Tuesday, August 31, 2004

The Deficits Are Coming - Hide the Women and Children

Rudy! Actually, I didn't watch it, but I heard it was goood. Meanwhile the National Press was no doubt repeating ad infinitum that the Republicans are showing their moderate face to the nation as a cynical ruse. Meanwhile, 200,000 members of the Michael Moore contingent of the Democratic party were outside the gates doing their best audition to become carnies; and again, NBC probably found the one who wouldn't qualify as a carnie and pointing to the moderation of the crowd. That same crowd, of course, was in Boston, but you didn't see them, because the Democrats were showing their moderate face to the nation without one second guess from the media. See, you don't have to watch it ... The script is so predictable.

Here is an article, apropos of nothing, regarding the overblown political hype surrounding budget deficits. Snore. First published in a Minneapolis newspaper 3 years ago, here it it:

The vaunted budget surplus is disappearing before our eyes, and we are too bored with thinking about government fiscal matters to care. The Congressional Budget Office (CBO) has recently reported that their previous federal budget surplus projection of $5.6 trillion (for fiscal years 2002 through 2011) has fallen to $1.6 trillion. That is $4 trillion lost in the span of one year (and you thought you were getting hit by the downturn in the stock market). The CBO projects slight deficits over the next two years, followed by a return to more modest surpluses. Are you asleep yet? Not if you are a politician.

Why should you care if you are not a politician? What are the potential consequences of a return to deficit financing? If you gauge your understanding of the nature of the consequences by the shrillness of the political debate that surrounds the topic, it is clear that there is much at stake. I can imagine a few issues that elicit similar urgent concern: pestilence, war, and famine being just three. If I knew nothing else about the boring details of the subject, I would think my children's lives were in danger. Fortunately, because of what I know, I don't lose a wink of sleep over the issue, and neither should you. And here is what I know: the deficit is more important as a political debate than it is as a problem to our economy.

A federal budget deficit is a lightning rod for Republicans and Democrats alike because of the veneer of fiscal irresponsibility attached to it, and the consequent pressure to balance the budget. For Republicans in general, the desired response is to cut funding to programs (i.e. those in Democratic districts) that the taxpayers are being pillaged to fund. For Democrats, the desired response is to raise taxes on those who are not paying their fair share (i.e. those in Republican districts) in order to maintain funding of all the wonderful public goods brought to you by our beneficent government.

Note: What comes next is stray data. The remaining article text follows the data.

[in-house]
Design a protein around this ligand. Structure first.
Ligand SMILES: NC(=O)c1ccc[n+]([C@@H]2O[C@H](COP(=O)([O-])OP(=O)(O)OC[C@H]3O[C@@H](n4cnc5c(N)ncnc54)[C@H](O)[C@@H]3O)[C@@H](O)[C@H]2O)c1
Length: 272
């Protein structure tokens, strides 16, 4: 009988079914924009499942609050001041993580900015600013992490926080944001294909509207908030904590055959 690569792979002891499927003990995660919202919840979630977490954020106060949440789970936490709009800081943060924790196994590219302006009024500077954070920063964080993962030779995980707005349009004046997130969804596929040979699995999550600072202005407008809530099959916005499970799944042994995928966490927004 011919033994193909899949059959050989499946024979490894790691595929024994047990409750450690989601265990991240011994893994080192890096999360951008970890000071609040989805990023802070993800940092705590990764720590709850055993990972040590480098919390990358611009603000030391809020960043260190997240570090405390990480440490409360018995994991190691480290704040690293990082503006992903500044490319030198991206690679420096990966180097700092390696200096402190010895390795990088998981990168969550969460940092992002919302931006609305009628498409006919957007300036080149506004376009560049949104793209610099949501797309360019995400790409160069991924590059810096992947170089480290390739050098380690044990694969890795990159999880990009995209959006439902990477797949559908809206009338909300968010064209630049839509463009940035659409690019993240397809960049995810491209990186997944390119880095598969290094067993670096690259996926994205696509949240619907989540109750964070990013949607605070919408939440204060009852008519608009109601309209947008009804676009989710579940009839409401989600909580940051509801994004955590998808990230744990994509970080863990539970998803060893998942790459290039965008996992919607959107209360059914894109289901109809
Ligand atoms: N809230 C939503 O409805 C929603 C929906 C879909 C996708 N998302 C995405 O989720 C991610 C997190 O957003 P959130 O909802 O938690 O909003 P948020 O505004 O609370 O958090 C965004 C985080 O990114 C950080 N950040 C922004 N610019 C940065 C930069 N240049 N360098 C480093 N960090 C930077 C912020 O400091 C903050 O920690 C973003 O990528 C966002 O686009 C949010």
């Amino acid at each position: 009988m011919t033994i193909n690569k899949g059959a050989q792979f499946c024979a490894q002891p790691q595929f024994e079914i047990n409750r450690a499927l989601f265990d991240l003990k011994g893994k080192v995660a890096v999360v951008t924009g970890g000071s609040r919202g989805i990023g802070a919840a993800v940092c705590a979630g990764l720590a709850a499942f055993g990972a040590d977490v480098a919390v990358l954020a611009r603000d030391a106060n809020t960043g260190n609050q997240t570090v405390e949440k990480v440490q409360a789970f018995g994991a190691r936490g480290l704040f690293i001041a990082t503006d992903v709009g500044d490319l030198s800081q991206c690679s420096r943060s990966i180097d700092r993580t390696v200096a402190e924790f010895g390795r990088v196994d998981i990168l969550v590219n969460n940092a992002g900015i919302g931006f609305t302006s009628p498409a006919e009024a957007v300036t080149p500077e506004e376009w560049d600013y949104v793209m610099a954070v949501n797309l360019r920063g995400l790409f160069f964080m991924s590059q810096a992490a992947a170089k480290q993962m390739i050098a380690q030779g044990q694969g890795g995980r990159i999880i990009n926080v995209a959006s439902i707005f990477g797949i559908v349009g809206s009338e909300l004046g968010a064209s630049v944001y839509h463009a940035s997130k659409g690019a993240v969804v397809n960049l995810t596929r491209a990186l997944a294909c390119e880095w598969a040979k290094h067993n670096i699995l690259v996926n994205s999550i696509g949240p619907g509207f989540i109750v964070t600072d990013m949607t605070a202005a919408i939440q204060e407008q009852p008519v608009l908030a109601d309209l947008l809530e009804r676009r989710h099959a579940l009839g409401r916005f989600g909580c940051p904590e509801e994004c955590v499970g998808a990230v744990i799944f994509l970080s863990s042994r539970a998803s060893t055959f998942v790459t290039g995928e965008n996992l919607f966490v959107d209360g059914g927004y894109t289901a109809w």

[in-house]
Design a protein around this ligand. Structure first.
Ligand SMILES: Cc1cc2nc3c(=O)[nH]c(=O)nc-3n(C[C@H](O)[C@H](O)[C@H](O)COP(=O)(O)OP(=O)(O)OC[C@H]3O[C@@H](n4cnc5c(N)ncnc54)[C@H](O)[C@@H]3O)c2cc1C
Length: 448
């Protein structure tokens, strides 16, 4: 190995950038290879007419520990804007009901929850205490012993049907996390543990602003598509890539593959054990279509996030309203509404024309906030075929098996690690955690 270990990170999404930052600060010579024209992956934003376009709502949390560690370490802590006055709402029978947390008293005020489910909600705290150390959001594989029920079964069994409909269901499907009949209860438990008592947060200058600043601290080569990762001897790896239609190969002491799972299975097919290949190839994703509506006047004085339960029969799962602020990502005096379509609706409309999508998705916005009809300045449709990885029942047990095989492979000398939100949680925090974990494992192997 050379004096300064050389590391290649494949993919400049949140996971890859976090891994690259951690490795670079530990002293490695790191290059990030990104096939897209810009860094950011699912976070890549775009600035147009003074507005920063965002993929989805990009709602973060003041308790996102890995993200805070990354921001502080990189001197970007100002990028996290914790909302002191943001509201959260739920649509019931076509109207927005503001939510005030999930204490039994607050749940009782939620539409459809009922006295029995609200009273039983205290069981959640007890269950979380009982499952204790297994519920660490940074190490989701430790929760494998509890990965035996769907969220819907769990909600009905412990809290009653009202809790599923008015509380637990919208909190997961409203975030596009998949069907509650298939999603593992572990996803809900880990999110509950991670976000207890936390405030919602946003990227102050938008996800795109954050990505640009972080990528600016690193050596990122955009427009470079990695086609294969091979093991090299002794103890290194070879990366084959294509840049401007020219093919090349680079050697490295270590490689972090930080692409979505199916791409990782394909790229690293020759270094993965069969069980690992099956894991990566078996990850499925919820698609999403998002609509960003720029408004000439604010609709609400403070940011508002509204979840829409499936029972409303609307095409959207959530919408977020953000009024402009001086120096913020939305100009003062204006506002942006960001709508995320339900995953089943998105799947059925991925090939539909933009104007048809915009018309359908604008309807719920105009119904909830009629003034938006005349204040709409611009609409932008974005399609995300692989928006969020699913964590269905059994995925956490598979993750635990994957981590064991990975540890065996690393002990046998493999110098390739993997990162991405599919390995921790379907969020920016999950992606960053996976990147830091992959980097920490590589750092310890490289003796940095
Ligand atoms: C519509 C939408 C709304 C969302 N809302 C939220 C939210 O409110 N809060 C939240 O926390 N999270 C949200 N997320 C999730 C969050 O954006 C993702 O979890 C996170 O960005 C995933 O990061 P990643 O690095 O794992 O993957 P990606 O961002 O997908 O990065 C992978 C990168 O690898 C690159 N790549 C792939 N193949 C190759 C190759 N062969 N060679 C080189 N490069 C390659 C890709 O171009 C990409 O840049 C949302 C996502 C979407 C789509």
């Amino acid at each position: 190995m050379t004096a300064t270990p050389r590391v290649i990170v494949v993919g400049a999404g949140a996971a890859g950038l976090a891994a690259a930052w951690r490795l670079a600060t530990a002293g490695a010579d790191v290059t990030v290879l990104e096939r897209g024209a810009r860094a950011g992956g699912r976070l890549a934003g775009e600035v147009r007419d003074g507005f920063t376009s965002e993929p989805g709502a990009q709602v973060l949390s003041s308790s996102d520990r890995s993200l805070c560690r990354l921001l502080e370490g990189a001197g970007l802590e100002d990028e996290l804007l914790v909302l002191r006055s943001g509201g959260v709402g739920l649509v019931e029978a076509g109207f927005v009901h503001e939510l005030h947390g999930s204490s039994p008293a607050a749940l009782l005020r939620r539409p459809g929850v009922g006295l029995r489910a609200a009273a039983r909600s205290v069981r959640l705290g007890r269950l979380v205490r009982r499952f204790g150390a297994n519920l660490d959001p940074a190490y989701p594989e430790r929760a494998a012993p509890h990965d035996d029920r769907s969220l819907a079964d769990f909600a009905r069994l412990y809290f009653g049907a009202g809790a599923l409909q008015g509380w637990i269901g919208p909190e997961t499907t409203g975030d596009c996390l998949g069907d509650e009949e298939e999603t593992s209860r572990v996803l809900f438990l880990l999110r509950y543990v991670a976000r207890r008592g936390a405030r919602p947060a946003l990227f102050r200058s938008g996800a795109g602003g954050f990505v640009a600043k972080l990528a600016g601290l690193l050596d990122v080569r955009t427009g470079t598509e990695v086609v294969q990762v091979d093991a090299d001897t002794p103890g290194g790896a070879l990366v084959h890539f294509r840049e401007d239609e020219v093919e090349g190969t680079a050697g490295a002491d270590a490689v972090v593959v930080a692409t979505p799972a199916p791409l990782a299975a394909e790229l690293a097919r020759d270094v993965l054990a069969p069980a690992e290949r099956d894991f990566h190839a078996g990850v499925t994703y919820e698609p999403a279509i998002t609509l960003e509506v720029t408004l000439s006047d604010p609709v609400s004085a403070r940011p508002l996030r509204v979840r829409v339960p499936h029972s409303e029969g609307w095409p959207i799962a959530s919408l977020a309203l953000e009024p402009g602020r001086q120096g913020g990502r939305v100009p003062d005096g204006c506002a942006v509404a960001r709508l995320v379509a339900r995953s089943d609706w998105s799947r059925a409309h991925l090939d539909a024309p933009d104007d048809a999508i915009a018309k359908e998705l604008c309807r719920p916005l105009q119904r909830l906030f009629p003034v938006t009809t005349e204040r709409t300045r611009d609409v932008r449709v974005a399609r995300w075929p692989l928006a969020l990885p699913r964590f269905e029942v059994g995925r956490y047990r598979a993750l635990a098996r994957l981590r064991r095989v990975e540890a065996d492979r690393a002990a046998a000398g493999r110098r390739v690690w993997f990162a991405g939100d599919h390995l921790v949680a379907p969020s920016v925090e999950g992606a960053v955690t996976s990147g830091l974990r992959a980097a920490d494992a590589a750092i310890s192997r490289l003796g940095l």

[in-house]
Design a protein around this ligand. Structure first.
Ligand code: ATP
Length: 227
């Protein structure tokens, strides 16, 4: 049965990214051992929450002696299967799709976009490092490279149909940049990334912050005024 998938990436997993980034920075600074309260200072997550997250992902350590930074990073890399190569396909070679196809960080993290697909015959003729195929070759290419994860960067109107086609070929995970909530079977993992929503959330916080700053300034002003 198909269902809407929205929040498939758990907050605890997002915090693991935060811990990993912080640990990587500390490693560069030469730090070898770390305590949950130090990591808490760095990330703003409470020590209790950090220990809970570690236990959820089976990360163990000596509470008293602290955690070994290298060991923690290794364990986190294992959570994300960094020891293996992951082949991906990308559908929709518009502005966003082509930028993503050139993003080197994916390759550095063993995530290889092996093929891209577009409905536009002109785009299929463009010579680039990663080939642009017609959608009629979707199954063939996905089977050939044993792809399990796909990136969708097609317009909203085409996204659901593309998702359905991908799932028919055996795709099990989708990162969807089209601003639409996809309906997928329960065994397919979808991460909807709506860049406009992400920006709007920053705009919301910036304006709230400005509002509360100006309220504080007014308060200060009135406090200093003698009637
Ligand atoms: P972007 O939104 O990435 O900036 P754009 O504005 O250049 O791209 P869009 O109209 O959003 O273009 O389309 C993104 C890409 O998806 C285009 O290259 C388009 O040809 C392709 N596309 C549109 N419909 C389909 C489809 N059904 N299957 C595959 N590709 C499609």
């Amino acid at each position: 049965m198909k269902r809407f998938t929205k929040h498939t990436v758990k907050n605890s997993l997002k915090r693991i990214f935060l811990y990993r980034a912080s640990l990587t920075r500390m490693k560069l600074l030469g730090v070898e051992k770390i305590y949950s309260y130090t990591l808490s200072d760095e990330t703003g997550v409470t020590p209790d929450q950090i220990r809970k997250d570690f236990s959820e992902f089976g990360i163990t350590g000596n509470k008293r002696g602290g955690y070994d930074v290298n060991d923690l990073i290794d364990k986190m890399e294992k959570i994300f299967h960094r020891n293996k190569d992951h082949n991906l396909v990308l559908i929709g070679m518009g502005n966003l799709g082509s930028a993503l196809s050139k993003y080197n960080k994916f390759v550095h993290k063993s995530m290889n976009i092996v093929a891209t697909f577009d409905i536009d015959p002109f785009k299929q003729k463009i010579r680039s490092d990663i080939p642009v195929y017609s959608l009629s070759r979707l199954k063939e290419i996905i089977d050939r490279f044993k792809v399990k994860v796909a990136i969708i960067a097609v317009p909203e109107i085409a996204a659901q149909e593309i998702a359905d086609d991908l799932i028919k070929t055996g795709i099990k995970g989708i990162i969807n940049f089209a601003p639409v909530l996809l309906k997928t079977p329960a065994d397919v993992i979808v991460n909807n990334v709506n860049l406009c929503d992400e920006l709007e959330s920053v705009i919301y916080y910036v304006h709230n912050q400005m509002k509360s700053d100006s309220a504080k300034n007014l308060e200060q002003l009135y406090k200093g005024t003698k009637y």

The debate over these matters is less shrill in times of surplus because each side can get a little of what it desires. Controlling for the effect of the economic downturn on the size of the surplus, the reduced estimates over the next two years is due in roughly equal part to reduced tax revenues and increased discretionary spending. Now that the black turns to red, expect the gloves to come off. The return of the deficit, no matter how modest, brings the debate over how big the federal government should be, and who should pay for its largesse, back into the limelight.

But is there more at stake with budget deficits than creating a battlefield for the opposing desires of our two political parties? Is there a sinister link between budget deficits and a crashing economy? One theory holds that deficits may indeed have a negative effect on the economy through their influence on interest rates. Deficits, under some circumstances, may raise the cost of borrowing money. Remember - pestilence, war, famine, and raising the cost of borrowing money.

The theory goes as follows: when the government increases its demand for borrowed funds, and there is no similar increase in the supply of loanable funds, interest rates rise. As interest rates rise, some private firms that are trying to raise financial capital for investments that will enhance productivity may find that such investments are not worthwhile at the increased borrowing rate. Private investment can therefore be "crowded out" by government deficits. Because private sector investment is one primary driver of productivity growth, and hence improving economic conditions, squeezing it out through deficit financing may reduce long-term growth rates in GDP.